By BRENT STUBBS
It’s not how you start, nor how you get there. Most importantly, it’s how you finish
• The Finish Line, a weekly column, seeks to comment on the state of affairs in local sports, highlighting the highs and the lows, the thrills and the spills and the successes and failures.
The Week That Was
I liked what I saw at the Bahamas Lawn Tennis Association’s trials for the men’s 2016 Davis Cup trials over the weekend at the National Tennis Centre as the team prepares to travel to Bolivia July 11-16.
While there was a concerted effort to get all of the top collegiate players home to vie for the final two spots, the numbers were not what organisers had anticipated. They even went as far as to include Donte Armbrister, one of the top junior players in the country.
But the absence of some of the collegiate players in no way diminished the level of competition that was exhibited over the three days of competition.
When it was all said and done, it was the changing of the guard as the 21-year-old Kevin Major Jr prevailed in a three and-a-half hour marathon match over 32-year-old Marvin Rolle.
It was definitely one of the performances for the ages as the duo battled it out point for point in a match that was played before a sparse crowd of spectators.
And even though they both clinched their berth on the team by virtue of playing in the final, neither wanted to leave with the bragging rights as was in the case in the past when some of the more notable players like Mark Knowles, Roger Smith, John Farrington and Mark Merklein participated.
The final score in the match was 5-7, 7-6 (11-9), 6-4, but who was really keeping tabs as Major Jr and Rolle gutted it out point after point. It was one of those matches that you hoped would not have ended since it lasted that long.
In the final analysis, Major Jr and Rolle will join brothers Spencer and Baker Newman, who had a classic sibling duo in the final of the Giorgio Baldacci Tennis Tournament in December at the NTC.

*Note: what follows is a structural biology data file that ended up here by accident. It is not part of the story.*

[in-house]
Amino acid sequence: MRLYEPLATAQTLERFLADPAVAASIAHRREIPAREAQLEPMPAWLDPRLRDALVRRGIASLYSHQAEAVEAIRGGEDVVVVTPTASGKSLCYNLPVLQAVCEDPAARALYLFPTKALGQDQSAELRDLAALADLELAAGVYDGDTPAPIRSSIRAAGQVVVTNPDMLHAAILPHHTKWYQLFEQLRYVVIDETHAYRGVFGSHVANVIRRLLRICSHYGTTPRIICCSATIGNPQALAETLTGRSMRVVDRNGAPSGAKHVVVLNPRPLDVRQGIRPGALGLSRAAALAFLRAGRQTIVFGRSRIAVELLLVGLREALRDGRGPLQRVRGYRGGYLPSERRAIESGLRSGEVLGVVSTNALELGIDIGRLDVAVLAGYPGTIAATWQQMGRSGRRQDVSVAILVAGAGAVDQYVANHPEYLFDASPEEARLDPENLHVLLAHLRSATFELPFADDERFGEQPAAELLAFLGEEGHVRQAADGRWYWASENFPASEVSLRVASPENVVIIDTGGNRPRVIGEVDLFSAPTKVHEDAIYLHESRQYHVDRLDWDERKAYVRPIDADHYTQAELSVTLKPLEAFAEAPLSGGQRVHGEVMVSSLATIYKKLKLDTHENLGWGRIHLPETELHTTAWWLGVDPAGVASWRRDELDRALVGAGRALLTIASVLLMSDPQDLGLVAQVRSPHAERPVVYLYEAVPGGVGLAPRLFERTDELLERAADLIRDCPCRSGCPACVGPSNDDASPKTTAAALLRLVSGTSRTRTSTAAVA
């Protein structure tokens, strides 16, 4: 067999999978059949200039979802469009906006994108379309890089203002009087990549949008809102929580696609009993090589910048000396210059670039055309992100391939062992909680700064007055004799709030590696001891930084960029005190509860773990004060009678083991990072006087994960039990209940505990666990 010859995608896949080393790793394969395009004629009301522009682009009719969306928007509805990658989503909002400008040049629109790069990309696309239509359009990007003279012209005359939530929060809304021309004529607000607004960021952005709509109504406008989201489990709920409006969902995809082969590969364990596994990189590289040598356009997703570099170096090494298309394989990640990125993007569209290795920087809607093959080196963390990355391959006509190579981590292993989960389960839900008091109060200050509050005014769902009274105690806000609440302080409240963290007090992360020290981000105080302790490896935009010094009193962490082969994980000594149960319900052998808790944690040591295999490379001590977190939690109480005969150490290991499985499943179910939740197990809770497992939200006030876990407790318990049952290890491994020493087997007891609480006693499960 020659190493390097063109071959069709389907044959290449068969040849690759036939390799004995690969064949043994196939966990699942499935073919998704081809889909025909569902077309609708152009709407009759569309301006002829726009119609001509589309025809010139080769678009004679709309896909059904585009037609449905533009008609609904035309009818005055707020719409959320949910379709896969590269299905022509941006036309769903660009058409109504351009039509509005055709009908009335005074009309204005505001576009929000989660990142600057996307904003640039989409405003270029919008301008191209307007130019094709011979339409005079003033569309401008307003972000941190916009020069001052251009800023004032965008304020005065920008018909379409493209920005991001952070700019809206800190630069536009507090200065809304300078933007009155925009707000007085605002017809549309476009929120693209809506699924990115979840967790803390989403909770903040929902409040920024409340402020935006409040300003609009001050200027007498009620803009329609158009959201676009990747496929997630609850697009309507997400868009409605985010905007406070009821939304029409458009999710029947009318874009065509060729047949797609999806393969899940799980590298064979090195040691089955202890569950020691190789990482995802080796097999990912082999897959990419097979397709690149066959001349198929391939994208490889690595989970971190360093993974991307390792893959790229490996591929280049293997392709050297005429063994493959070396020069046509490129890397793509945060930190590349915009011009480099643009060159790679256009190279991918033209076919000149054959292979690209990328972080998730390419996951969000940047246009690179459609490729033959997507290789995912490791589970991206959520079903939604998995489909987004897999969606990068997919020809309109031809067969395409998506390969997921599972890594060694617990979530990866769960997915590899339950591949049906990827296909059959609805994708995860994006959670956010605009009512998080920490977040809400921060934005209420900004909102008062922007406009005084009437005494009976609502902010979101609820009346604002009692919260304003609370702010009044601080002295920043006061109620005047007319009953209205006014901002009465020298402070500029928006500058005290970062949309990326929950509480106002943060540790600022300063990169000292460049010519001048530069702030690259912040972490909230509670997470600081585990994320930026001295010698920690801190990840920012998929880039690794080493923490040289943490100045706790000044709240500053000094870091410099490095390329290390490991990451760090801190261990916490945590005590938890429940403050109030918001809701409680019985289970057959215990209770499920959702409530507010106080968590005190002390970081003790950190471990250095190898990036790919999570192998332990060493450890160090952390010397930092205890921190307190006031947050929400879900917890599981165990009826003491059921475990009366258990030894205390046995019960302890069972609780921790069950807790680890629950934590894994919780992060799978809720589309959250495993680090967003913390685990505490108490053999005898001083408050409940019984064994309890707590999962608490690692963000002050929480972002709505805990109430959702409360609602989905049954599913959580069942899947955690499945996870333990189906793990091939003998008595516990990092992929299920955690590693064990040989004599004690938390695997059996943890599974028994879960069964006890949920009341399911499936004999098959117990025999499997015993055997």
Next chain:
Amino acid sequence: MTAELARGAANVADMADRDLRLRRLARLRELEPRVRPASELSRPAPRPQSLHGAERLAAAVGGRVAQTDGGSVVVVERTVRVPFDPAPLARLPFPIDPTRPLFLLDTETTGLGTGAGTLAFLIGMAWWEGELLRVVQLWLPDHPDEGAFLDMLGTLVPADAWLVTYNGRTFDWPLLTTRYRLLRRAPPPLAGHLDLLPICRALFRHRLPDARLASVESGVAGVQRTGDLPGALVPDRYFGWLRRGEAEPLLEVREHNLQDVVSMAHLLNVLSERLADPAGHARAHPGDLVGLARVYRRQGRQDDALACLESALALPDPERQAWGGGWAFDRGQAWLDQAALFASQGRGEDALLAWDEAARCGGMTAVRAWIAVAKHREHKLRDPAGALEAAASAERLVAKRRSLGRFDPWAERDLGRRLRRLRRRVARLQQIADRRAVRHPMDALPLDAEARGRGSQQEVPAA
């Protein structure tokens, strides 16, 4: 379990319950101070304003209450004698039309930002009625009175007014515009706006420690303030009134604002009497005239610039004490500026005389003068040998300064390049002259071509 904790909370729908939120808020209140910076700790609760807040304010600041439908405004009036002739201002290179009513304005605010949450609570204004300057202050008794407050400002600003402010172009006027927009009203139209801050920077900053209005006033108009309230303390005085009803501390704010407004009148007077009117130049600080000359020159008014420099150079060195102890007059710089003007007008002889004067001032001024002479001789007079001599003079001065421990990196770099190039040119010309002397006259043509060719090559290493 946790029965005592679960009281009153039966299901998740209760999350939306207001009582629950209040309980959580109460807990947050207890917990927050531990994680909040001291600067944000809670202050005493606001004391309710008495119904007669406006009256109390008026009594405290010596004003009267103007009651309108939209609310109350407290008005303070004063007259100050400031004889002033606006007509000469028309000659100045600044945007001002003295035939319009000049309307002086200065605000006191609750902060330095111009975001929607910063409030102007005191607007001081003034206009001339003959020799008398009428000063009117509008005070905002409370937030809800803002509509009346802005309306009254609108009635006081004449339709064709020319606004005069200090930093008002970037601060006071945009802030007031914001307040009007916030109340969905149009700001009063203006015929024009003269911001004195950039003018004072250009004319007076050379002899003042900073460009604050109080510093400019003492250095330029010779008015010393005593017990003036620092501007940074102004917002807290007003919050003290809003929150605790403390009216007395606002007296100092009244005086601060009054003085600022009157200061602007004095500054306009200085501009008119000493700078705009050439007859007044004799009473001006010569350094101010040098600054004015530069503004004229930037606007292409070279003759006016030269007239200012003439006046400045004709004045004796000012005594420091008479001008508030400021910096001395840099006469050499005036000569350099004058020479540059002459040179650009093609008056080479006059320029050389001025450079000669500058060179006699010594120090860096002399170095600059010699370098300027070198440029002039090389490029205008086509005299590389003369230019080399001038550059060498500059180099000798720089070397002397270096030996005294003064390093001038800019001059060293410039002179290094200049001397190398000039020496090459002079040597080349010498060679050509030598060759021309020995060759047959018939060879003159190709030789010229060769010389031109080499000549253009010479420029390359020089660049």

The Newman brothers grew up in Coral Gables, Florida, and played college tennis at the (Spencer) University of Florida and (Baker) Vanderbilt University in Nashville, Tennessee respectively. They come at a time when the BLTA could use a lift to get out of Zone III and return to Zone II.
The Newman brothers came to town in December and left their impact on the local tennis community. Now, we wait to see how they will put it all together with the veteran leadership of Rolle and the young vibrancy of Major Jr.
The Bahamas will be a part of the field that includes Bermuda, host Bolivia, Costa Rica, Cuba, Honduras, Jamaica, Panama and Trinidad & Tobago.
The teams will be placed in two pools with the winner of Pool A playing against the runner-up of Pool B and the winner of Pool B playing the runner-up of Pool A to determine which two nations will advance to Americas Zone Group II in 2017.
The good thing is there will be no relegation for the remaining teams so the worse the Bahamas can do is to remain in Zone III for 2017. But there are high expectations for this team to advance to Zone II.
As he welcomes the Newman brothers to the team that he feels will more than likely be captained by Rolle once again, BLTA president Elwood Donaldson is confident that the team will get the job done
A TALENT TO
Just as the world was grasping for air and reflecting on the loss of Muhammad Ali, the greatest boxer I’ve ever seen in action, we got the news of the passing of Kevin ‘Kimbo Slice’ Ferguson.
The 42-year-old mixed martial artist was a native out of Step Street, Fox Hill, who moved to the United States with his parents as a youngster.
He went on to play high school football and had a promising college career, but got derailed by the social ills and managed to bounce back in the sport of boxing where he went undefeated.
From there, Ferguson was encouraged to compete in MMA and he continued to be a smashing success. On January 16, 2015, nearly five years since his last MMA fight, Bellator MMA announced that Frguson had signed a multi-fight deal. He went on to defeat Ken Shamrock by first-round TKO in his June 19 debut at Bellator 138.
On February 19, 2016, at Bellator 149, Ferguson faced Dada 5000. The duo had a big rivalry between them due to their old street fight legacies they had in Perrine, Florida. After a back and forth fight, Ferguson won the fight via TKO when Dada collapsed from apparent exhaustion in the third round. Following the bout it was reported that Slice had failed his pre-fight drug test. Lab results found traces of the anabolic steroid Nandrolone.
In April, Bellator president Scott Coker announced on ESPN’s SportsCenter that Ferguson would have a rematch against James Thompson in the main event of Bellator 158 which would have taken place on July 16 at London’s O2 Arena. Ferguson, however, died before this fight could happen.
The Tribune, whose news department got a chance to interact with “Kimbo Slice” on his success when he came home and stopped into the office to do an interview, offers condolences to his family, including his six children.
May his soul rest in peace.